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Has sea level risen 9 inches in South Florida since the 1920s? PolitiFact gets answer

Not long after President Barack Obama gave a speech outlining his plan for attacking climate change, U.S. Rep. Debbie Wasserman Schultz, D-Weston, appeared on Fox News to discuss the future of energy and the environment.

"We’ve had nine inches of sea-level rise since the 1920s," said Wasserman Schultz in the June 28 interview with Tucker Carlson. "What that means is that communities like mine in South Florida and coastal communities all across the country are facing dangerous sea-level rise, which will ultimately cause homes to be under water in just a few short years."

In this item, we won’t analyze her projections for future sea-level rises; such estimates are based on a variety of theoretical models and come with lots of uncertainty attached. However, we did wonder whether Wasserman Schultz was correct about past changes — specifically, whether South Florida has "had nine inches of sea-level rise since the 1920s."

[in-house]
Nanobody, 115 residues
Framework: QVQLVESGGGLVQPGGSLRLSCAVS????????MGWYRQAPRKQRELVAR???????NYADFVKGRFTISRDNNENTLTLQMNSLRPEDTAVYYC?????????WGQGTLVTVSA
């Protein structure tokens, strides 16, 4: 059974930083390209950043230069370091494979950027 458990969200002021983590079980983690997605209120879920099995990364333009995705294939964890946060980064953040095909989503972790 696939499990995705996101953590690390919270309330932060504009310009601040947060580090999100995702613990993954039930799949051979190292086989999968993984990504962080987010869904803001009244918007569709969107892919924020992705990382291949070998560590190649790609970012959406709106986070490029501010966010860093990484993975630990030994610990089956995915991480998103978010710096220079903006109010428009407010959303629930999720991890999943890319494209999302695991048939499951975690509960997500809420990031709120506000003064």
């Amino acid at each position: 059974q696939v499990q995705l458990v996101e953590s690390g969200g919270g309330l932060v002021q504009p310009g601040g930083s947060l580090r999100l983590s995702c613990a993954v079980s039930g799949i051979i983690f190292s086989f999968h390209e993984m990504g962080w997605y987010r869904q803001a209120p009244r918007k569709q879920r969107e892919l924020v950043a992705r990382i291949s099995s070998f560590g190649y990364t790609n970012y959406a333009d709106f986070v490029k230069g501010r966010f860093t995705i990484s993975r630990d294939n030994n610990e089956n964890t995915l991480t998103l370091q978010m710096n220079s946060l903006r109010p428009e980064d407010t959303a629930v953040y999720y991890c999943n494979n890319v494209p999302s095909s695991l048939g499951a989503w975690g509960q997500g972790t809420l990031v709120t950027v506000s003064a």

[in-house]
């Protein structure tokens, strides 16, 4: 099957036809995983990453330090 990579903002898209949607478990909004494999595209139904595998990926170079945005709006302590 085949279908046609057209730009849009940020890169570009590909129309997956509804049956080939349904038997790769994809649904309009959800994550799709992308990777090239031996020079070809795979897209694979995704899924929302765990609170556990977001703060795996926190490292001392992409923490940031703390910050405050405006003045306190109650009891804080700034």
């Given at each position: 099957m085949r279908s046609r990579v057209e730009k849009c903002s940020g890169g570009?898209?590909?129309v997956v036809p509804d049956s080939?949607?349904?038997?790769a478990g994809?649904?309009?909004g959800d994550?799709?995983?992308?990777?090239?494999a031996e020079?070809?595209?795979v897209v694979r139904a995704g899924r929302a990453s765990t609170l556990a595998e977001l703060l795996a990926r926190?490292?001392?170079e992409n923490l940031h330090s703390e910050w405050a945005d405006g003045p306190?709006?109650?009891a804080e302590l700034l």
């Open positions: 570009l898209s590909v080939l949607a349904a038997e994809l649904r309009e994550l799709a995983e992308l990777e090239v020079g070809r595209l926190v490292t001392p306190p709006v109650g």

The ruling: Her claim essentially matches the data collected by the National Oceantic and Atmospheric Administration. While there is considerable uncertainty about the future course of sea-level rises, Wasserman Schultz’s estimate of the historical rise appears to be on target.

We rate this claim: True. More here from Louis Jacobson. 

 

 

 

 

Comments

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whasup

Which raises a great unasked question for environmentalists and other Everglades lovers.

If in the long run, the glades are under seawater, why exactly are we spending vast sums of money to preserve and attempt to restore it?

Are we eventually going to build a sea wall around the glades and have what is, in effect, an pond of glades surrounded by ocean?

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